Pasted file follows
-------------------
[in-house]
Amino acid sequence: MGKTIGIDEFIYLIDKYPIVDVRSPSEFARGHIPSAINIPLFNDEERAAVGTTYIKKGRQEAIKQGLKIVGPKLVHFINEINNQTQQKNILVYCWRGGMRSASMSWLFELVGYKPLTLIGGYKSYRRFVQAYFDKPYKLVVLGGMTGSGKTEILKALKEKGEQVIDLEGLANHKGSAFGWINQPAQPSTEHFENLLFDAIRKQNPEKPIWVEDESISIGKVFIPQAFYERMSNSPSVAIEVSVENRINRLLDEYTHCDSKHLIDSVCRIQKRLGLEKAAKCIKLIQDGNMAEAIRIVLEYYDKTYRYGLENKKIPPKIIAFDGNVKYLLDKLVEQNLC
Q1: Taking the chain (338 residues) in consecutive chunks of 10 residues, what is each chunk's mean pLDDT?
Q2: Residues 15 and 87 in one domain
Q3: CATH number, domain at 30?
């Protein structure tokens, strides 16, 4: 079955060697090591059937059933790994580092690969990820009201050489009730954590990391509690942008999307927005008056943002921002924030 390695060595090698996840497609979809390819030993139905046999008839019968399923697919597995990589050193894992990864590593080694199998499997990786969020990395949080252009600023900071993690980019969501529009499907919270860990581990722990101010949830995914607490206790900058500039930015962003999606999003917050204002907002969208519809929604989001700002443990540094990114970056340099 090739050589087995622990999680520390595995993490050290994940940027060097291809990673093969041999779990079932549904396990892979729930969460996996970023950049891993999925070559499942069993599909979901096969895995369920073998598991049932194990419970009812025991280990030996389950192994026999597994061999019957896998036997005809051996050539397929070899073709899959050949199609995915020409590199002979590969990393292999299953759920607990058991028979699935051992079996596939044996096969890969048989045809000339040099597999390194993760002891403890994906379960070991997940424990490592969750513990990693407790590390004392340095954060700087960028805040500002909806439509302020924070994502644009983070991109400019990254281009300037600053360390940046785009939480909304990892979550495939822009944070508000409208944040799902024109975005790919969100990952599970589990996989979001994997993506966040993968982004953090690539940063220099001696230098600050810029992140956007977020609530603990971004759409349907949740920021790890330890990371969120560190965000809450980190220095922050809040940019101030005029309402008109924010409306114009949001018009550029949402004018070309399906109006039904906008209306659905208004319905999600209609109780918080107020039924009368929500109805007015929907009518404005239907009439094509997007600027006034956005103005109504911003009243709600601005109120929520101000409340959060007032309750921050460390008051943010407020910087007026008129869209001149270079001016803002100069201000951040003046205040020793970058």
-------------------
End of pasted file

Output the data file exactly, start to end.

[in-house]
Amino acid sequence: MGKTIGIDEFIYLIDKYPIVDVRSPSEFARGHIPSAINIPLFNDEERAAVGTTYIKKGRQEAIKQGLKIVGPKLVHFINEINNQTQQKNILVYCWRGGMRSASMSWLFELVGYKPLTLIGGYKSYRRFVQAYFDKPYKLVVLGGMTGSGKTEILKALKEKGEQVIDLEGLANHKGSAFGWINQPAQPSTEHFENLLFDAIRKQNPEKPIWVEDESISIGKVFIPQAFYERMSNSPSVAIEVSVENRINRLLDEYTHCDSKHLIDSVCRIQKRLGLEKAAKCIKLIQDGNMAEAIRIVLEYYDKTYRYGLENKKIPPKIIAFDGNVKYLLDKLVEQNLC
Q1: Taking the chain (338 residues) in consecutive chunks of 10 residues, what is each chunk's mean pLDDT?
Q2: Residues 15 and 87 in one domain
Q3: CATH number, domain at 30?
């Protein structure tokens, strides 16, 4: 079955060697090591059937059933790994580092690969990820009201050489009730954590990391509690942008999307927005008056943002921002924030 390695060595090698996840497609979809390819030993139905046999008839019968399923697919597995990589050193894992990864590593080694199998499997990786969020990395949080252009600023900071993690980019969501529009499907919270860990581990722990101010949830995914607490206790900058500039930015962003999606999003917050204002907002969208519809929604989001700002443990540094990114970056340099 090739050589087995622990999680520390595995993490050290994940940027060097291809990673093969041999779990079932549904396990892979729930969460996996970023950049891993999925070559499942069993599909979901096969895995369920073998598991049932194990419970009812025991280990030996389950192994026999597994061999019957896998036997005809051996050539397929070899073709899959050949199609995915020409590199002979590969990393292999299953759920607990058991028979699935051992079996596939044996096969890969048989045809000339040099597999390194993760002891403890994906379960070991997940424990490592969750513990990693407790590390004392340095954060700087960028805040500002909806439509302020924070994502644009983070991109400019990254281009300037600053360390940046785009939480909304990892979550495939822009944070508000409208944040799902024109975005790919969100990952599970589990996989979001994997993506966040993968982004953090690539940063220099001696230098600050810029992140956007977020609530603990971004759409349907949740920021790890330890990371969120560190965000809450980190220095922050809040940019101030005029309402008109924010409306114009949001018009550029949402004018070309399906109006039904906008209306659905208004319905999600209609109780918080107020039924009368929500109805007015929907009518404005239907009439094509997007600027006034956005103005109504911003009243709600601005109120929520101000409340959060007032309750921050460390008051943010407020910087007026008129869209001149270079001016803002100069201000951040003046205040020793970058």